The survey was administered, with limited details, at the end of the 2015-2016 school year. Therefore, the response rates were low.  For example, both instructional and noninstructional staff response rates were less than 50%. Differences in response rates were also noted in the student and parent surveys response rates. In particular, their high school students’ response rates were lower than for their middle school students. This response rate pattern was also apparent among high school and middle school parents. It is common to have lower response rates for high schools compared to middle schools. However, the team feels that once they begin to share the data from the EDSCLS with schools and implement a series of planned communication strategies to raise awareness of the survey, the response rates will increase.

Action Steps Moving Forward

Based on lessons learned, the district’s data team will have an expanded role moving forward. In particular, the district data team planned the following for the second administration in spring 2017:

  • Sending out the survey earlier in the school year;
  • Allowing time during the school day for survey participation;
  • Involving athletic coaches in the dissemination of promotional materials and outreach;
  • Having student groups at the high school lead talks with the school community and families about the importance of the survey; and
  • Creating and distributing “My Voice Counts” stickers to all students who have completed the survey as a way of sparking conversations in the home and among peers.

The district plans to share the results from the second administration with the school community at the district level. The data team members will also conduct focus group interviews to examine the differences between middle and high school students revealed by the first administration of the EDSCLS.  

The data team is optimistic that the second administration will further engage the school community and provide valuable information to support school climate improvement efforts. Now that the district recently completed the second administration of the survey, they look forward to sharing the information and making recommendations for change.  District administrators report that school climate data is just as important as academic data to measure the excellence of the organization.  They realize that a safe and supportive school environment is essential for young people to learn and grow and they are committed to taking proactive steps to achieve this with the EDSCLS.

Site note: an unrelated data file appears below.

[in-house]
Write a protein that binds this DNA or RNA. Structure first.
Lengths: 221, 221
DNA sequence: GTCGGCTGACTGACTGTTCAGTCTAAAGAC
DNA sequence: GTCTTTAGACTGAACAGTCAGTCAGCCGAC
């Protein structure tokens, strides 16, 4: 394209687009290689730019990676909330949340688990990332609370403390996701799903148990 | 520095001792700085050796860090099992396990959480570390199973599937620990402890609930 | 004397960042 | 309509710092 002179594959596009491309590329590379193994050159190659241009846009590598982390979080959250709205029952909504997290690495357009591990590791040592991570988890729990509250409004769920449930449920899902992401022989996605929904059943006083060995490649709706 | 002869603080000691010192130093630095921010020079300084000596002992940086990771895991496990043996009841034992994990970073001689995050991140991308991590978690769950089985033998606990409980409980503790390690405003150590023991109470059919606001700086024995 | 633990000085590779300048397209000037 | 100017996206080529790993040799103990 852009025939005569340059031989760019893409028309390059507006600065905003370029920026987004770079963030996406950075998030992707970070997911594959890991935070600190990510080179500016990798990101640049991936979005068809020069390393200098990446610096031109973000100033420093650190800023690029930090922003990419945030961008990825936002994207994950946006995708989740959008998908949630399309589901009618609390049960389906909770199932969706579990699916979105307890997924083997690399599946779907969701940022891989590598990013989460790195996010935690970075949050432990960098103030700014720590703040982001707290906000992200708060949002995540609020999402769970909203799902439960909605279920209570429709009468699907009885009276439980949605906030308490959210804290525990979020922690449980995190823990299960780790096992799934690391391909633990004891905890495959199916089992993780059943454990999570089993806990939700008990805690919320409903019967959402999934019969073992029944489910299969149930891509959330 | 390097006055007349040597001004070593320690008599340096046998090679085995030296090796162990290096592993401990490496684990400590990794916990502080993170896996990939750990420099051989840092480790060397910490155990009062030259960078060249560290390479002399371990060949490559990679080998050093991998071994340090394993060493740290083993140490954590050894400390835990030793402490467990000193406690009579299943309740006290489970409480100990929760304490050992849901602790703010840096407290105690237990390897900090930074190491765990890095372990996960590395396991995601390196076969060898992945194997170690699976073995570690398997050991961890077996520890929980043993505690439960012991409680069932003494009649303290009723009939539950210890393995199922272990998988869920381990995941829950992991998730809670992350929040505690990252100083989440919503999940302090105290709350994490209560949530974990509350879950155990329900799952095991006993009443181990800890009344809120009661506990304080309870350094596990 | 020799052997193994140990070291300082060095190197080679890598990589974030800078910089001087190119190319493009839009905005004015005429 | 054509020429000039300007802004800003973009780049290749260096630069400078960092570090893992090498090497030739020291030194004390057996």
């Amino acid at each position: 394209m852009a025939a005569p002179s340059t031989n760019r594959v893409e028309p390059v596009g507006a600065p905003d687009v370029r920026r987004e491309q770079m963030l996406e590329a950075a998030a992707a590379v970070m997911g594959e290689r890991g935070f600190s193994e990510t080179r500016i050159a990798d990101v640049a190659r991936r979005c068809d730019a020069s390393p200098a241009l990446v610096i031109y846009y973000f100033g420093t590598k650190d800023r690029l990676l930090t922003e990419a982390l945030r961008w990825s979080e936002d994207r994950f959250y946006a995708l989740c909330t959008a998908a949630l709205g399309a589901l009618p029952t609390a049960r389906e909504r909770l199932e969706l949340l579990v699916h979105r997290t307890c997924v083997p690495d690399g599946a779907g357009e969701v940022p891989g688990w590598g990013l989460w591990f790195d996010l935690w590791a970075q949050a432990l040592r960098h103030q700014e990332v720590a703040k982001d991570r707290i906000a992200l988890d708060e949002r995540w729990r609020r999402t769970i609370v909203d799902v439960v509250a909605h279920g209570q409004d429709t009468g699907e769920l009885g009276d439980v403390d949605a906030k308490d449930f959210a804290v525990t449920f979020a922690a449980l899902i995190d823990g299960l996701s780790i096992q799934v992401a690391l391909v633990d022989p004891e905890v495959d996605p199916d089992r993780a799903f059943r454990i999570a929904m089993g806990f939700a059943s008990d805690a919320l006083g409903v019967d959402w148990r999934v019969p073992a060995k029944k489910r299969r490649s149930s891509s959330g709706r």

Stay tuned for more stories on lessons learned and experiences using the EDSCLS. Contact the edscls@air.org if you would like to share your story. 

References

National Center on Safe Supportive Learning Environments. (2011). Making the case for the importance of school climate and its measurement [Webinar]. Washington, DC. Retrieved from https://safesupportivelearning.ed.gov/events/webinars making-case-importance-school-climate-and-its-measurement

Content for this Voices from the Field Blog Post is based on an interview conducted on March 1, 2017. The interview respondent is a principal from a school district located in the Northeastern United States. 

Related Resources

To learn more about the tools that this district is using visit:

Other useful tools and products developed by NCSSLE that may help your school climate improvement efforts: